Egyptian President Mohammed Mursi's order to reconvene parliament has been rejected by the country's highest court, which says its ruling dissolving the assembly is binding.Following President Mursi's decree, the speaker of the dissolved house had called for MPs to meet on Tuesday.
Army units outside parliament were withdrawn, allowing MPs to enter.
Mr Mursi, whose Muslim Brotherhood won most seats, says the chamber should function until a new election is held.
But Egypt's Supreme Constitutional Court, meeting on Monday, said that all its rulings and decisions were "final and not subject to appeal".
The Supreme Council of the Armed Forces (Scaf) - whose original decision to dissolve parliament was backed by the court - met in an emergency session shortly after the presidential decree was issued on Sunday.
The new president's order was widely seen as a challenge to the judiciary as well as the military.
Parliament speaker Saad al-Katatni said MPs should return for a session of parliament on Tuesday afternoon, the Mena news agency said.
Despite the apparent tensions, President Mursi and Field Marshal Hussein Tantawi, who heads Scaf, appeared together at a military cadet graduation ceremony on Monday.
New polls The military had enforced a court order last month dissolving parliament because party members had contested seats reserved for independents.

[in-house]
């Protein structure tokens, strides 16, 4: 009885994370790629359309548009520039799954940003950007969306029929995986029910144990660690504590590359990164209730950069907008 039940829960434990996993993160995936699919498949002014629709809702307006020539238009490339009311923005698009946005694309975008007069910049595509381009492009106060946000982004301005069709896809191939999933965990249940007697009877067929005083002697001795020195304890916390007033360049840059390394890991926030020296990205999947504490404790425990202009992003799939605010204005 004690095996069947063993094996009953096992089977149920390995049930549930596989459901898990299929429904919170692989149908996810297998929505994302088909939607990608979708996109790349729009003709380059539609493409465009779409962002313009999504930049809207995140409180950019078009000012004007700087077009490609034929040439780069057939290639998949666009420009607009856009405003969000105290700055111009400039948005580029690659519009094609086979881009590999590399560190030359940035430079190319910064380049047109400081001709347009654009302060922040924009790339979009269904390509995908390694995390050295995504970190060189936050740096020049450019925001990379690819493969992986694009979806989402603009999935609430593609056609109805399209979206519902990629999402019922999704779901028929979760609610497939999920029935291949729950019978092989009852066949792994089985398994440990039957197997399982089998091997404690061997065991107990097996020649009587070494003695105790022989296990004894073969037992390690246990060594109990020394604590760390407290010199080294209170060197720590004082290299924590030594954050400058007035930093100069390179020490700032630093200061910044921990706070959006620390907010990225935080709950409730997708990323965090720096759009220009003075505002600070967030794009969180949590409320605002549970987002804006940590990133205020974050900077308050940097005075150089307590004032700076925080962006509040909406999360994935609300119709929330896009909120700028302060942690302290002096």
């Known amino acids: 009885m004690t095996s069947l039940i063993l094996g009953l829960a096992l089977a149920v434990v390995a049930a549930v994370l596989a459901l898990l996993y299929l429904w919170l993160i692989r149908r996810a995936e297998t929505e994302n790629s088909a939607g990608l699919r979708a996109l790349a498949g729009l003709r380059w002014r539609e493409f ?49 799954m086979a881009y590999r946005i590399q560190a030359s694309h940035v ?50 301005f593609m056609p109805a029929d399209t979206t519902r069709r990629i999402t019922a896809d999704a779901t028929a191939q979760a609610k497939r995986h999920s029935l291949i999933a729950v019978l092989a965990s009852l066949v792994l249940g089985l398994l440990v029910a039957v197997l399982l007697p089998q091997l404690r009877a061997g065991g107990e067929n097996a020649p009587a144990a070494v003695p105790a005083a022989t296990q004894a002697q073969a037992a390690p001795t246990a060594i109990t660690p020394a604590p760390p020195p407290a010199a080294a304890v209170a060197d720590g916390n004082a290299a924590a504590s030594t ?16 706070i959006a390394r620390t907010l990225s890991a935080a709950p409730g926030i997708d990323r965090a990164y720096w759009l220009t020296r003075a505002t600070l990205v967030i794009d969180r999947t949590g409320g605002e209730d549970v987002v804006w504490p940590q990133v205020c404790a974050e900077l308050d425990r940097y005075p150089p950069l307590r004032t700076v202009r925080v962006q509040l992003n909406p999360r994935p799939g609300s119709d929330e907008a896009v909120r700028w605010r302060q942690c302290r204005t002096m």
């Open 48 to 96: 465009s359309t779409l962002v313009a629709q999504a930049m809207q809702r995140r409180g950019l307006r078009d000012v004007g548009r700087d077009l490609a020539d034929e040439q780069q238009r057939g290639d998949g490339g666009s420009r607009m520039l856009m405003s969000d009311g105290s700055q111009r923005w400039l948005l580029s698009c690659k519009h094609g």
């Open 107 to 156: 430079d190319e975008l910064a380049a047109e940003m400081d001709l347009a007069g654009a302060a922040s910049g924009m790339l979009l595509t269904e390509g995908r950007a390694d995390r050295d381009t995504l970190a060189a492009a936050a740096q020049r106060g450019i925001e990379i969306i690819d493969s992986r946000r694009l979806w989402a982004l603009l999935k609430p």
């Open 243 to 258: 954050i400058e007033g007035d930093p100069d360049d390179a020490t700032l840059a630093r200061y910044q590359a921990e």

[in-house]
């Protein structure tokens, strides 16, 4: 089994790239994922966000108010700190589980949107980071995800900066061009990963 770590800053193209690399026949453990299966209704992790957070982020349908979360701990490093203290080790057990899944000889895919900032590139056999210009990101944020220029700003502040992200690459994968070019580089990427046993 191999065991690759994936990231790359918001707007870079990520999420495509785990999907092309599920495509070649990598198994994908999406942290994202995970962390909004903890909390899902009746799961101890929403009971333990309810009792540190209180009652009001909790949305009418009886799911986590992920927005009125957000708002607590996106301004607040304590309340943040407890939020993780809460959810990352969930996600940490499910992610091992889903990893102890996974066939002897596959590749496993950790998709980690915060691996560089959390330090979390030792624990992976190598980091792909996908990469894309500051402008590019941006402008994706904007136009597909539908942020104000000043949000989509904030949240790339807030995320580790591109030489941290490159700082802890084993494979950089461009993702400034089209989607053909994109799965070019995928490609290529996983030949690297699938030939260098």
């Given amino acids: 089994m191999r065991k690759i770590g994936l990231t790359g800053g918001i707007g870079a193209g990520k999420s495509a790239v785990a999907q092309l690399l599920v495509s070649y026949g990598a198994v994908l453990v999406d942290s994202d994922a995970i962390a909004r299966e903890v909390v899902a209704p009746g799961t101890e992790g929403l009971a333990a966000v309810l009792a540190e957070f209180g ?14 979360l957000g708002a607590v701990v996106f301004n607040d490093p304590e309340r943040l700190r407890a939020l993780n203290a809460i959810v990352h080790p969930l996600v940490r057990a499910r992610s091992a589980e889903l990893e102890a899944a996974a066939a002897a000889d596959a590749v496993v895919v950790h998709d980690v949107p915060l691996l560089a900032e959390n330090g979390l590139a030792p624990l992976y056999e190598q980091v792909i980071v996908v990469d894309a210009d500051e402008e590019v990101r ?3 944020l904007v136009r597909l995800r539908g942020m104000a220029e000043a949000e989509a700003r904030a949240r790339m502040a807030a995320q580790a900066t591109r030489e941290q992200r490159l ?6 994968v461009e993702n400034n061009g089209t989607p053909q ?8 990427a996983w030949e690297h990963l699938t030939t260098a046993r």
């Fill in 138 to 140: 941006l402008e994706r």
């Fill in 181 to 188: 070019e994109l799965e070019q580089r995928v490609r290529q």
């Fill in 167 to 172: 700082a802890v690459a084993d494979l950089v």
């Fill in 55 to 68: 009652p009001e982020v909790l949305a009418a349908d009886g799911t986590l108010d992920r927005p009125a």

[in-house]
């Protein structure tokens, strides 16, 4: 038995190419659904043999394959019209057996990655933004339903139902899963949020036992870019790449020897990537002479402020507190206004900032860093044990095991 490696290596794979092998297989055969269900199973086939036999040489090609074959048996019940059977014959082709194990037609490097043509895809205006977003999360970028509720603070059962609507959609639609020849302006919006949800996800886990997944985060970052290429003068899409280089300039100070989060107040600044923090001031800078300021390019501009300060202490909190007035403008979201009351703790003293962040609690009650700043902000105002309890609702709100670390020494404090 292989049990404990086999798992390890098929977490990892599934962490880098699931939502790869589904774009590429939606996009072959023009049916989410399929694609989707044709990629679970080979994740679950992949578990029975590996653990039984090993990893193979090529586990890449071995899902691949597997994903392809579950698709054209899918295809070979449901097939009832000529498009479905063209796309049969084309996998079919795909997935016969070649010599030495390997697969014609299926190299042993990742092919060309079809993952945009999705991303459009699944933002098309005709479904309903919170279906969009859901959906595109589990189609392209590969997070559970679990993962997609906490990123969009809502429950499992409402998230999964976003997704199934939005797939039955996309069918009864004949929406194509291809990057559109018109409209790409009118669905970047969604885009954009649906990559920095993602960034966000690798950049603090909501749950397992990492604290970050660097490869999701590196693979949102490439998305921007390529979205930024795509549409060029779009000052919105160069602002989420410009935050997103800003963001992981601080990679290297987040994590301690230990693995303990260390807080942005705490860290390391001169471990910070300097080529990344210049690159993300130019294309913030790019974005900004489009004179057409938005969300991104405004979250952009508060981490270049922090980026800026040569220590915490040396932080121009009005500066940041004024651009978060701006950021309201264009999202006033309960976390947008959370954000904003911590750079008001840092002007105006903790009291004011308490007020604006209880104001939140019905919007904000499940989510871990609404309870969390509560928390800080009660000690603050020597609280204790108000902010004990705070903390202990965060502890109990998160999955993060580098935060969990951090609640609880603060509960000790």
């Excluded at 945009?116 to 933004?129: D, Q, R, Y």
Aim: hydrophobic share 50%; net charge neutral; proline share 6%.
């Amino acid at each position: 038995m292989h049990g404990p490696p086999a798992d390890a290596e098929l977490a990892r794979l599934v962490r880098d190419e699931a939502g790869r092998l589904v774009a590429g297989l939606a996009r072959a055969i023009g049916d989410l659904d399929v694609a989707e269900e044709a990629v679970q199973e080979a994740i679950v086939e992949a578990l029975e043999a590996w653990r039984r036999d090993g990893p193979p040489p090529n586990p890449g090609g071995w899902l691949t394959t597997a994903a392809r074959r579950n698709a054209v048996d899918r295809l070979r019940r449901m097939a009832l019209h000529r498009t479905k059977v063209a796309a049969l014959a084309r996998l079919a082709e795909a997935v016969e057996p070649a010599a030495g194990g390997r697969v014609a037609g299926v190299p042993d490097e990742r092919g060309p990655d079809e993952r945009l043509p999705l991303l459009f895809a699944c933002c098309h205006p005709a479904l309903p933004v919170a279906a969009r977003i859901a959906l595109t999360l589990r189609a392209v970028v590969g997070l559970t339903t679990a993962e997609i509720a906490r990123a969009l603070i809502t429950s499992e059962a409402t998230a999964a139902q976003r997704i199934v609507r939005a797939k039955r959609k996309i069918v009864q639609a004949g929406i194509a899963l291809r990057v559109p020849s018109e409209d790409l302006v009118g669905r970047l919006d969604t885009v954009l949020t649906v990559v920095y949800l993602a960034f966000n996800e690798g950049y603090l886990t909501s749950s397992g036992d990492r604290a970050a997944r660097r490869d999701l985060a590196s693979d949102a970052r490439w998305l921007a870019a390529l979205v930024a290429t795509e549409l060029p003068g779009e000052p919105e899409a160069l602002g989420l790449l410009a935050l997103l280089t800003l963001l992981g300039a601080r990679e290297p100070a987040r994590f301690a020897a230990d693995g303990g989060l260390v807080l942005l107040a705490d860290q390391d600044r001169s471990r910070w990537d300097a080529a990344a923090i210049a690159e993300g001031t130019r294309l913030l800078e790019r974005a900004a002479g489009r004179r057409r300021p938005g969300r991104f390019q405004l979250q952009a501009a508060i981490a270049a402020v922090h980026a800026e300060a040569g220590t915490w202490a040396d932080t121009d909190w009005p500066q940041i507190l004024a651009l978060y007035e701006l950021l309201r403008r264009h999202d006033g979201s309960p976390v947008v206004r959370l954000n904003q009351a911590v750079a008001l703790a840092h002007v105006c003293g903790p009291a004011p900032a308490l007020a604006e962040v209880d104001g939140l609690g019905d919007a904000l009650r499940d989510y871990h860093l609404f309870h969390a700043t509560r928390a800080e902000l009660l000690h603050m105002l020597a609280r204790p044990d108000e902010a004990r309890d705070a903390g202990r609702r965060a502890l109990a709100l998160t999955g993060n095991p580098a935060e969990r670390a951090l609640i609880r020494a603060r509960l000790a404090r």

The Scaf took over the reins of power last year, after the revolution that ended former President Hosni Mubarak's 30-year rule.
The army move was initially welcomed by many of the anti-government protesters, but its presence became increasingly unpopular as critics accused its leaders of wanting to hold on to power.
Mr Mursi won the country's first free presidential election last month, and army chiefs formally handed over power on 30 June.
But before his inauguration, the military granted itself sweeping powers.
The commanders' constitutional declaration stripped the president of any authority over the military, gave military chiefs legislative powers, and the power to veto the new constitution, which has yet to be drafted.
In his presidential decree, Mr Mursi said new parliamentary elections would be held 60 days after the constitution had been agreed by referendum.
The Muslim Brotherhood has consistently opposed the decision to dissolve parliament.